A STEADY RAIN
Yes, Hugh Jackman and Daniel Craig, better known as Wolverine and James Bond, starred in a play with this name on Broadway, but I haven’t had the good fortune to see it. My title refers quite simply to the state of the weather. The monsoon is a formidable foe for a theatre producer. Just as football telecasts were last month. In a recent run of shows, some smart application on my phone woke me up daily with the weather forecast, and on every show day, it mentioned ‘heavy thunderstorms’. Turned out to be remarkably accurate too. As such, every time I went to the box office to check advance sales, the guy at the counter evaded the question and told me which pin code was now flooded. Having said that, a special mention must be made about the much hyped ‘spirit of Mumbaikars’. Every word is true. Yes, the advance was slow, but that could also be because people today just find it hard to commit. But they came. They braved the weather and the water logging and turned up in fairly large numbers (given the circumstances) to support our cause. This is as public a forum as I can manage, so I’d just like to say ‘Thank you all’.
The month started with shows in Nagpur. The cast was put up in a beautiful, large guest house, with lawns, spacious rooms, a dining hall, a courtyard which made for some great sporting activities. The catch: In a generous move, it was kept private. So ten people were living on otherwise empty premises. A great luxury by day. The Shining by night. But sanity and courage were kept intact by copious amounts of alcohol. Speaking of which, while the shows went off very well, the most memorable part of the trip was an unbelievably enjoyable (and debauch) cast party – in a posh hotel, with lots of food, much booze and no restrictions. Besides limited music selections, but this was swiftly tackled by Reliance NetConnect. Yes, the music streamed in from online. And we partied harder than ever. No, fortunately there is no evidence. One cast member said condescendingly, “Who would have thought that the best party I’d ever attend would be in Nagpur?” I was offended, of course, as it happens to be my father’s hometown, but I understood the good intentions of the statement, and gave the person the benefit of the doubt. Our flight back was early the next morning, and predictably it was a quiet one, with the exception of the occasional groan.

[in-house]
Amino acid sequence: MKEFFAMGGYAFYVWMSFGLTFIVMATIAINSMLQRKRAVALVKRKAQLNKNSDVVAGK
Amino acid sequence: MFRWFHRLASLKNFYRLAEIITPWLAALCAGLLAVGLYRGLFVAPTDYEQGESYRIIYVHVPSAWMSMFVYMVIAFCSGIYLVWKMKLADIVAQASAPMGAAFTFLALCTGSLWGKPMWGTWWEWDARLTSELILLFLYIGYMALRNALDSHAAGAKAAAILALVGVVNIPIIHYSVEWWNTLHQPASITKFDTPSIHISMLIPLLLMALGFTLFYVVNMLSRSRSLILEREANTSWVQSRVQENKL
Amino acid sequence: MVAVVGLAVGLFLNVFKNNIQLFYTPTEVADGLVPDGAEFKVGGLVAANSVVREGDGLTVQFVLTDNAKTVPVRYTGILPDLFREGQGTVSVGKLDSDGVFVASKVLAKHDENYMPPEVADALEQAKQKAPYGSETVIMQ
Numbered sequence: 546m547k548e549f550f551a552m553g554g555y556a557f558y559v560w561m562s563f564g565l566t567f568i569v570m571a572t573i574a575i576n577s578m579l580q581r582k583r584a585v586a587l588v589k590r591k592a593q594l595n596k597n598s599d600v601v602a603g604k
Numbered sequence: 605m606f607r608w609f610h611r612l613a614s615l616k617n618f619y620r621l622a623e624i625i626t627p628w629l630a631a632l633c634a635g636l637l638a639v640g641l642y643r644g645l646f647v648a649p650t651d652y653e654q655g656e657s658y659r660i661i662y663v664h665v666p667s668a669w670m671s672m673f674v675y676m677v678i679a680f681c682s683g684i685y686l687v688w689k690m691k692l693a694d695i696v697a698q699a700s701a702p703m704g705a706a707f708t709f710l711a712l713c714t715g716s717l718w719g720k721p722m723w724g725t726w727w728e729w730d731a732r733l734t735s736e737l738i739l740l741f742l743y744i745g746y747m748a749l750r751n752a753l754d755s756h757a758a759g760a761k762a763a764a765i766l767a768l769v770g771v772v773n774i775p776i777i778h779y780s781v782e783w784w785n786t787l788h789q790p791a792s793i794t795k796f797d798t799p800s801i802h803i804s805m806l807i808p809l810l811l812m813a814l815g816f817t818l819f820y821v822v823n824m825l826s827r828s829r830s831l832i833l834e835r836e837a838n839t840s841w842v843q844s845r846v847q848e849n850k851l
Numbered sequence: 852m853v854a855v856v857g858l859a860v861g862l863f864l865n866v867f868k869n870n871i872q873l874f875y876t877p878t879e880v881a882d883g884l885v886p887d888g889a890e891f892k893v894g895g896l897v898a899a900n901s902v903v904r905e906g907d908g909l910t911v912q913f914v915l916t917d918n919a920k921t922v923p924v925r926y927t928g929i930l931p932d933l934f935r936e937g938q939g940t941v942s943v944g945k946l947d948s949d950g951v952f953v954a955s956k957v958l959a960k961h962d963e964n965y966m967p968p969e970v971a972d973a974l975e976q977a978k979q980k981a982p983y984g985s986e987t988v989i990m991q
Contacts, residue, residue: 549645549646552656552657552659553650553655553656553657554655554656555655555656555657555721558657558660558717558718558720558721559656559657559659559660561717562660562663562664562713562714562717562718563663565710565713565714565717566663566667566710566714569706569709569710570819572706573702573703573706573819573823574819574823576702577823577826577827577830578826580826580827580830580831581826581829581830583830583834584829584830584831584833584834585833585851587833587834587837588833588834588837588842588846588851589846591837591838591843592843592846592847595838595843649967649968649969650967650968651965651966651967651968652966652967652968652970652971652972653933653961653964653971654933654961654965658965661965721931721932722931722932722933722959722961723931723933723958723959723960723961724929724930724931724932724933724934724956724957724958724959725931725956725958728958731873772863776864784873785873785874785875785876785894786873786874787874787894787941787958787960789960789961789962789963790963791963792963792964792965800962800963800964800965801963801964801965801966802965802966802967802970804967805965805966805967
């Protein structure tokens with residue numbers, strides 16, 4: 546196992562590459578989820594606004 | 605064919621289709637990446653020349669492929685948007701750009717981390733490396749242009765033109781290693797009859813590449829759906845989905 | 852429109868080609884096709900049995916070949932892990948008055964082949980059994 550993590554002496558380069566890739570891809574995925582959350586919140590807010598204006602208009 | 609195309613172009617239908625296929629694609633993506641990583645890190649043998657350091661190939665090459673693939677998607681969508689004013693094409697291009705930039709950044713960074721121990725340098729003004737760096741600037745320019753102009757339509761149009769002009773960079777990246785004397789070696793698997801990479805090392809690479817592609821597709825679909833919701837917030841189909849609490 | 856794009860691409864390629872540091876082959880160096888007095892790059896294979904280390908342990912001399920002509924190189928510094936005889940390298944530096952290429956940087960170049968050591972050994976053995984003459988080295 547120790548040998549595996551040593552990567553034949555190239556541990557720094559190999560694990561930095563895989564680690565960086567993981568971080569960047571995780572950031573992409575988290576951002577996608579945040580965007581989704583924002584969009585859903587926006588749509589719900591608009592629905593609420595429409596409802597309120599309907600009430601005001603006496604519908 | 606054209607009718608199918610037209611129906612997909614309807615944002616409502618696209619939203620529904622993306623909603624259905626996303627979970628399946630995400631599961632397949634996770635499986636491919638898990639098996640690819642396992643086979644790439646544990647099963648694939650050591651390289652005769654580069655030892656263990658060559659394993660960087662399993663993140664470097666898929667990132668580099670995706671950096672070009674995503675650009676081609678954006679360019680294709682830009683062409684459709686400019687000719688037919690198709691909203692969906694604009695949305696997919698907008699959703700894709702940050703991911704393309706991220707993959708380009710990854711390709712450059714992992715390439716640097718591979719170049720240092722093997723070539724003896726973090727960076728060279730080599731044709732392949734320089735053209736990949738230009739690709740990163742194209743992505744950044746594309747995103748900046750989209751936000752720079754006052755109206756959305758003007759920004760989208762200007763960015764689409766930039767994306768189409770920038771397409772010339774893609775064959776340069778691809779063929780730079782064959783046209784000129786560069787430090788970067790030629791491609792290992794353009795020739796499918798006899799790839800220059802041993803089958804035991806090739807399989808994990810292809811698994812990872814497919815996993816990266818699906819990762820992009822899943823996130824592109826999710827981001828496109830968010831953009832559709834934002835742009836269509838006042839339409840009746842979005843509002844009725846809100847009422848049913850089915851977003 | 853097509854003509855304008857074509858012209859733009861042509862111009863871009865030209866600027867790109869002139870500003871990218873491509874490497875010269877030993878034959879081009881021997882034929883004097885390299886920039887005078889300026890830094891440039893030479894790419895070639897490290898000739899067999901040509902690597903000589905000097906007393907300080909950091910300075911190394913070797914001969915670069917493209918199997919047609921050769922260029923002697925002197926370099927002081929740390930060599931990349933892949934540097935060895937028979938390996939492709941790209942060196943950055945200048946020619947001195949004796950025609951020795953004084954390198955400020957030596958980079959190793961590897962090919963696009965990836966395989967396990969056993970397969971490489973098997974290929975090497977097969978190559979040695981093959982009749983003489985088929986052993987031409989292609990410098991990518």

With a couple of easy weeks before more shows, I took up an acting assignment, as an understudy. My first show was in Ahmedabad, without much rehearsal. I went on stage, with shaky lines, sweaty palms and a moustache that gently tickled. The fact that I opened the play didn’t help much. Halfway through the relatively short piece I realized it wasn’t going all that dreadfully. Moments later, right in the middle of one of my better learnt paragraphs, the lights went off, not as per cue or schedule. How the situation was salvaged is a story for another day. But all I want to say, especially to those who may want to try their luck on stage, is that think twice, maybe even thrice, because up there you need two things above all else – rock hard balls and nerves of steel.